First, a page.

How we remember the Civil War has shaped the United States. Frequent eruptions of cultural politics regarding the War hint at deep divisions. Nowhere has this been more apparent than with The Lost Cause.
It set expectations for the present and future of the former Confederacy. It went hand-in-hand with the white Southern worldview that revered the past, deferred to elite rule, enforced conservative social values, exalted rural life, and oppressed Black people.
Site is in beta-testing, check back for updates!
The origins of Richmond’s most contested and beloved boulevard. This exhibit is a partnership between the American Civil War Museum, the Library of Virginia, The Valentine , and the Virginia Museum of History and Culture.
An exploration of voting rights in the Civil War era and how the 15th Amendment changed everything, but did little.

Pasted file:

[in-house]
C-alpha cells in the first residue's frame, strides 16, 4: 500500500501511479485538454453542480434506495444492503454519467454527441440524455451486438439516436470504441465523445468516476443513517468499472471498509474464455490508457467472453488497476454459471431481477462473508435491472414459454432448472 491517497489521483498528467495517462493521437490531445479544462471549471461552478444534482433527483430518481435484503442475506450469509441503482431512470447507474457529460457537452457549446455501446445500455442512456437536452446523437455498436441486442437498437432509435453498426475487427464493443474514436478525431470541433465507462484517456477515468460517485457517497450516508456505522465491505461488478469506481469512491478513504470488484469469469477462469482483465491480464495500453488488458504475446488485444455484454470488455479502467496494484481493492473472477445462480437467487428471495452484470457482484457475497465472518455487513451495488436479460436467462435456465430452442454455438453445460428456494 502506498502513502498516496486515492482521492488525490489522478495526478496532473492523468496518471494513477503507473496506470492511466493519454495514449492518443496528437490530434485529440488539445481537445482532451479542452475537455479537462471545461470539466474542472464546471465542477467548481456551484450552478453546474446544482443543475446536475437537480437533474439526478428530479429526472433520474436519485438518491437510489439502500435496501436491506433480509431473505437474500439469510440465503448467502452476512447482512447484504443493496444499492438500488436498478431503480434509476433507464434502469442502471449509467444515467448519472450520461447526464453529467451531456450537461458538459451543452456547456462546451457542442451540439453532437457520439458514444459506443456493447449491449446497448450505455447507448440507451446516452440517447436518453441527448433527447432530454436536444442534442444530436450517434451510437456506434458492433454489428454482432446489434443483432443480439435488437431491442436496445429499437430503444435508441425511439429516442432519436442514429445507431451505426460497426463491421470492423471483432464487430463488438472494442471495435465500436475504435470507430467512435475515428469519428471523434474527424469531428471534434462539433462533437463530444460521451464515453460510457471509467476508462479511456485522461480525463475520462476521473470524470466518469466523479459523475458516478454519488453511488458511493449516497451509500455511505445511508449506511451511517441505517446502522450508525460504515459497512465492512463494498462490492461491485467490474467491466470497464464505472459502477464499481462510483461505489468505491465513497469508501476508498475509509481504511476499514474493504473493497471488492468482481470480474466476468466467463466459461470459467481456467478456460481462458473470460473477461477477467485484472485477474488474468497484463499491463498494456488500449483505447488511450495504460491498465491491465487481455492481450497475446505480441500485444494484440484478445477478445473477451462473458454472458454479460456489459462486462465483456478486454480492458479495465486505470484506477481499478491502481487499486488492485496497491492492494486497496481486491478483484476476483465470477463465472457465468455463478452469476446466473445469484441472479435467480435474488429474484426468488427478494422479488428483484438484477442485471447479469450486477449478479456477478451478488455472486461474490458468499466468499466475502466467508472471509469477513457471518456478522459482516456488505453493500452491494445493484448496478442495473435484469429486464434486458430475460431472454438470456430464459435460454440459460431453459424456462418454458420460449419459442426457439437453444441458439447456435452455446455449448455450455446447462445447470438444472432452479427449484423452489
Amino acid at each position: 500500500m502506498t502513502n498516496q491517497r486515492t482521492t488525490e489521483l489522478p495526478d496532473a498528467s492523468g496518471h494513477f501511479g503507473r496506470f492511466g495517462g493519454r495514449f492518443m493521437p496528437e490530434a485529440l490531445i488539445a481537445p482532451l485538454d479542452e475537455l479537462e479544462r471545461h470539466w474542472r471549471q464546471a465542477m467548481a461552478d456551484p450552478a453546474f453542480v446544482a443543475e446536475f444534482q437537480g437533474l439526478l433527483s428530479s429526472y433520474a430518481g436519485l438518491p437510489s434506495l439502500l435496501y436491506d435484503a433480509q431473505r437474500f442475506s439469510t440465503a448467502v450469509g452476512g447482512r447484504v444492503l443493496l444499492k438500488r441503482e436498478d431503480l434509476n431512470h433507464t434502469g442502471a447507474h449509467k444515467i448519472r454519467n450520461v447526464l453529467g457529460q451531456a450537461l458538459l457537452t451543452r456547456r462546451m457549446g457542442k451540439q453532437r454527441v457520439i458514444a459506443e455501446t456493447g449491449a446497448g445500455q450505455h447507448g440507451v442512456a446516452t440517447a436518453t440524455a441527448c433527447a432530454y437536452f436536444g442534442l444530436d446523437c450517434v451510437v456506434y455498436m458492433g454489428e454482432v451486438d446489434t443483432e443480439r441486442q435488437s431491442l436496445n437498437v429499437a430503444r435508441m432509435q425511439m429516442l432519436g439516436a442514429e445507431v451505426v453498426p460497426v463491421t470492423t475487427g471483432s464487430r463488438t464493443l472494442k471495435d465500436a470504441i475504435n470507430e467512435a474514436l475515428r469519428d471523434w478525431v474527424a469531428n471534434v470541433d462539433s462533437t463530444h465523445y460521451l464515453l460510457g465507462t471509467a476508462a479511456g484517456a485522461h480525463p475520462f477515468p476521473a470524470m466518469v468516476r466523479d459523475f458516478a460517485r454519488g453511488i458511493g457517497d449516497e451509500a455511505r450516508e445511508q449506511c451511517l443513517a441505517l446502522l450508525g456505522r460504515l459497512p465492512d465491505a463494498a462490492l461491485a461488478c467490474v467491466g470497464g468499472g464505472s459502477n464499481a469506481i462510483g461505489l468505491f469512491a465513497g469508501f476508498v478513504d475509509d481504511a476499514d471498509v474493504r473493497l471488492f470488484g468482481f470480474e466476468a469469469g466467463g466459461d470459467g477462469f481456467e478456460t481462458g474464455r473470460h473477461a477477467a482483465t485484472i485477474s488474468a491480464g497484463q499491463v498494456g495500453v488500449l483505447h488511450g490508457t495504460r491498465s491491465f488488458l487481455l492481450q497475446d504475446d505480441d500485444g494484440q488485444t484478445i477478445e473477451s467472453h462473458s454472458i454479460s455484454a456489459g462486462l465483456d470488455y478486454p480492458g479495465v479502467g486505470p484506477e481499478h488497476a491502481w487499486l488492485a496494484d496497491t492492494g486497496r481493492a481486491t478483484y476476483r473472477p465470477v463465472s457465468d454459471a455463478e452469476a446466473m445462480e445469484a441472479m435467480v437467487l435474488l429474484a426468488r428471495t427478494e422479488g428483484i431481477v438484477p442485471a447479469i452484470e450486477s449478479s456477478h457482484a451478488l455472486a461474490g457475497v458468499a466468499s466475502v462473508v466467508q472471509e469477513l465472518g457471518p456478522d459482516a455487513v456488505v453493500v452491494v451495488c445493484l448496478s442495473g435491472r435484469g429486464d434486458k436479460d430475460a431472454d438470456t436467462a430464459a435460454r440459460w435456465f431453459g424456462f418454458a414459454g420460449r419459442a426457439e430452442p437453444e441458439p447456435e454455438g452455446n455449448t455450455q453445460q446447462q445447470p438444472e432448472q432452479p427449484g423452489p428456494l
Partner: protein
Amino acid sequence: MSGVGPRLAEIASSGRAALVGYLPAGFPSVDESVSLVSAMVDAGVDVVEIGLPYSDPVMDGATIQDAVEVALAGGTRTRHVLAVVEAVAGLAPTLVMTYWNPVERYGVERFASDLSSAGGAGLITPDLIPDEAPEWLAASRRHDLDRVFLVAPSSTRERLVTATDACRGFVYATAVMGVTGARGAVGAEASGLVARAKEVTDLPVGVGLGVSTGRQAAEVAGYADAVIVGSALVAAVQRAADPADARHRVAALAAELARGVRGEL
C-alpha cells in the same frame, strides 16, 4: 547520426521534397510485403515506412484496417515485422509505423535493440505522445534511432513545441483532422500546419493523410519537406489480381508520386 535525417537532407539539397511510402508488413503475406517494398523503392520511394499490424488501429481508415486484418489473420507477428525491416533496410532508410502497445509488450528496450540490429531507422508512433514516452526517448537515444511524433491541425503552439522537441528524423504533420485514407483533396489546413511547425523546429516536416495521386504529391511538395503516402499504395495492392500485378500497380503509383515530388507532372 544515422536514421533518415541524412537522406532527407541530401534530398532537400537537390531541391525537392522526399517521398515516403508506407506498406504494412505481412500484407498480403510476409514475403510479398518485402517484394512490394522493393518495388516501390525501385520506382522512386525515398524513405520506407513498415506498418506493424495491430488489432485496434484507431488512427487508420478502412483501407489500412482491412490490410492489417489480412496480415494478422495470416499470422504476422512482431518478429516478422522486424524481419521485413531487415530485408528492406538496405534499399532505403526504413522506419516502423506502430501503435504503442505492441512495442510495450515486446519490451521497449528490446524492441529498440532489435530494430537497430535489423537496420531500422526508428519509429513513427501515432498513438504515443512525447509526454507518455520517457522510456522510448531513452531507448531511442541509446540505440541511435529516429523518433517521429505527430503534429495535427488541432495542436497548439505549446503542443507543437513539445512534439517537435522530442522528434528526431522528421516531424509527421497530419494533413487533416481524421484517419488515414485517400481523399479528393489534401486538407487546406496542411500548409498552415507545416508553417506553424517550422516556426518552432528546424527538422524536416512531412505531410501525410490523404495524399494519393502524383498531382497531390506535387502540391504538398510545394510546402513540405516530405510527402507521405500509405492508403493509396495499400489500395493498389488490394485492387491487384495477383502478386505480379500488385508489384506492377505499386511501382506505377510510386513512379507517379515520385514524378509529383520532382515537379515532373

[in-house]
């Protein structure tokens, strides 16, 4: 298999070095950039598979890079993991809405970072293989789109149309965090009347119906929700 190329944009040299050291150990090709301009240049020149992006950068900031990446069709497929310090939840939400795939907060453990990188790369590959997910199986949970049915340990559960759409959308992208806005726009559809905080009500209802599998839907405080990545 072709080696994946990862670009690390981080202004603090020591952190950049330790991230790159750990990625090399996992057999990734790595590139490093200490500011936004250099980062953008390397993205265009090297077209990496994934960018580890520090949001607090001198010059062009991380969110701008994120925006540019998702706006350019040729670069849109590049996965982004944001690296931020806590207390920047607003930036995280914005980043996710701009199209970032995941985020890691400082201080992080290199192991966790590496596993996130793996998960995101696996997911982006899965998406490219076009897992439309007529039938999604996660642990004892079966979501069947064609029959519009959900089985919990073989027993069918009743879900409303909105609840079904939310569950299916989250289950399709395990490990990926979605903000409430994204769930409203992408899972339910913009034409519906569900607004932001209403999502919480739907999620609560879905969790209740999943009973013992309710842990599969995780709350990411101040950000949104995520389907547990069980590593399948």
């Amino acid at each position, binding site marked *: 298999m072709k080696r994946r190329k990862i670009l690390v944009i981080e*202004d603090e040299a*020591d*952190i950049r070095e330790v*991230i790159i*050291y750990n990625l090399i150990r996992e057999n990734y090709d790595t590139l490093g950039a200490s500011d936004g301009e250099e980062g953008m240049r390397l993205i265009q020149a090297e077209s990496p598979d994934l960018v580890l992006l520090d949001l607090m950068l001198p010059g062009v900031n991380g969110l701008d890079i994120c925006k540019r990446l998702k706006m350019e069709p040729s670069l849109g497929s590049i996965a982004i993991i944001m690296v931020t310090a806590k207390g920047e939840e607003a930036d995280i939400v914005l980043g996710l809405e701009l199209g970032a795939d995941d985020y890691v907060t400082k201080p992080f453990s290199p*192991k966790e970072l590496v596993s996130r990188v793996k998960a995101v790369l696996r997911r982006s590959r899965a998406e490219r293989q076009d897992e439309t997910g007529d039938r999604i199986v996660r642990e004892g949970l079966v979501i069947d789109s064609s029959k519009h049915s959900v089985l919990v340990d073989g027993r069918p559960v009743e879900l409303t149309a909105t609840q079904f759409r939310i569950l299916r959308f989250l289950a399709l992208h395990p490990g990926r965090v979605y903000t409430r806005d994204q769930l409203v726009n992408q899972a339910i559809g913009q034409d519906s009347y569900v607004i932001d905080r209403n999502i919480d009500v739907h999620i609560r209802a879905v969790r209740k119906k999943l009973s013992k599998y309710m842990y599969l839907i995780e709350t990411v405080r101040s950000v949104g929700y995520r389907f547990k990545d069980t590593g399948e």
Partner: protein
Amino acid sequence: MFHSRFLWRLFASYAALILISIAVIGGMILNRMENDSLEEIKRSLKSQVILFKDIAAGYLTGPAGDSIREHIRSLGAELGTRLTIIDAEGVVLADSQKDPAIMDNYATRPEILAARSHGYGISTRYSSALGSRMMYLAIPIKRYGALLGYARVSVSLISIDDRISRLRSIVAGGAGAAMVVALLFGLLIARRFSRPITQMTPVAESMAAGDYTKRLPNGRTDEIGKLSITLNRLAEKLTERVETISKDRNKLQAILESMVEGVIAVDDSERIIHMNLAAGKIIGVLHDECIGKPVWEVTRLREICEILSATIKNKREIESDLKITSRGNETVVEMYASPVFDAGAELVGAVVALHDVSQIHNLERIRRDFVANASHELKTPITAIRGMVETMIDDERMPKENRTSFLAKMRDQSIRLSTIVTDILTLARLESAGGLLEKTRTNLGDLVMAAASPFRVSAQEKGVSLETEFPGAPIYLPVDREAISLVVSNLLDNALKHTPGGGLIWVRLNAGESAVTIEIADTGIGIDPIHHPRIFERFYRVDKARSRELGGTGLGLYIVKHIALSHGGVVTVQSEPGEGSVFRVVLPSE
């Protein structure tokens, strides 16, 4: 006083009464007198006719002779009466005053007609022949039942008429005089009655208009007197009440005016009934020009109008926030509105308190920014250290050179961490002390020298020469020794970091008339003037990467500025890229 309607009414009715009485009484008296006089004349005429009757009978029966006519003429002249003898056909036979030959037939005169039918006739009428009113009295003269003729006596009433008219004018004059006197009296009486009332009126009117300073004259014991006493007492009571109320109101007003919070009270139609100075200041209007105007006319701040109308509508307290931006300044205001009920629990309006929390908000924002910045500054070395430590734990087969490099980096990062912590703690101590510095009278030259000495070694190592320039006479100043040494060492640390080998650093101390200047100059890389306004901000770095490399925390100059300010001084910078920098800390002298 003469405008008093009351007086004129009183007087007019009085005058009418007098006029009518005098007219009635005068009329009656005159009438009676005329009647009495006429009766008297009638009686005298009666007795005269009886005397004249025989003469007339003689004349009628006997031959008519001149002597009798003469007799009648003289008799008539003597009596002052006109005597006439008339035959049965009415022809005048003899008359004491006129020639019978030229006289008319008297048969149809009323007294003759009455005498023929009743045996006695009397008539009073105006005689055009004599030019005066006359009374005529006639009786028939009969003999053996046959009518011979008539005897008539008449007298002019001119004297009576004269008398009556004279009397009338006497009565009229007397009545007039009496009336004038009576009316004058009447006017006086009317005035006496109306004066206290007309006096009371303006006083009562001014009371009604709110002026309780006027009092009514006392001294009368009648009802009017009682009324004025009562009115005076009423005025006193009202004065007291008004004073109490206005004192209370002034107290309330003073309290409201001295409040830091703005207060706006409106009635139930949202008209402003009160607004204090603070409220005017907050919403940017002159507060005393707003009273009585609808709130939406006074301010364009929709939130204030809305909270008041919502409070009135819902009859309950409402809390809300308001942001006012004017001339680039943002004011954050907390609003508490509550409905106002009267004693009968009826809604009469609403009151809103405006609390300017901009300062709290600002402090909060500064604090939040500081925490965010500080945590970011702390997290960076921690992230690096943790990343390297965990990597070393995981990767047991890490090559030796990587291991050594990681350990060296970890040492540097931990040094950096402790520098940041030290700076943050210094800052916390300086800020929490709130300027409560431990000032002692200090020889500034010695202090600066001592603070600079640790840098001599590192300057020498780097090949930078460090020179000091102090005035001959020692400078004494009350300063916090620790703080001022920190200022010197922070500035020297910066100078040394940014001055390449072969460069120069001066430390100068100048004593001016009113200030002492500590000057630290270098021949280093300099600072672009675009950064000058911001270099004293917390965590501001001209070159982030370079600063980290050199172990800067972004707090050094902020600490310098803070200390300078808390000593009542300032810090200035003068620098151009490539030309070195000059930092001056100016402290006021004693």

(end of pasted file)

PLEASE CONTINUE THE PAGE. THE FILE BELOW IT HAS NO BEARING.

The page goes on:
A short history of how the Confederate battle flag acquired its many meanings: pride of the Confederate fighting man and symbol of his memory, emblem of white supremacy and racial terror, an icon of regional identity, and a vessel for culture war politics today.
Learn about the individual lives and stories of the domestic staff at the Confederate President’s House.
As a mirror in which Richmond views itself, and by which it has encouraged outsiders to view it, Monument Avenue has reflected a variety of meanings and evolving values in a changing city.
Placing two Richmond protests side-by-side suggests enduring questions about protesting in America.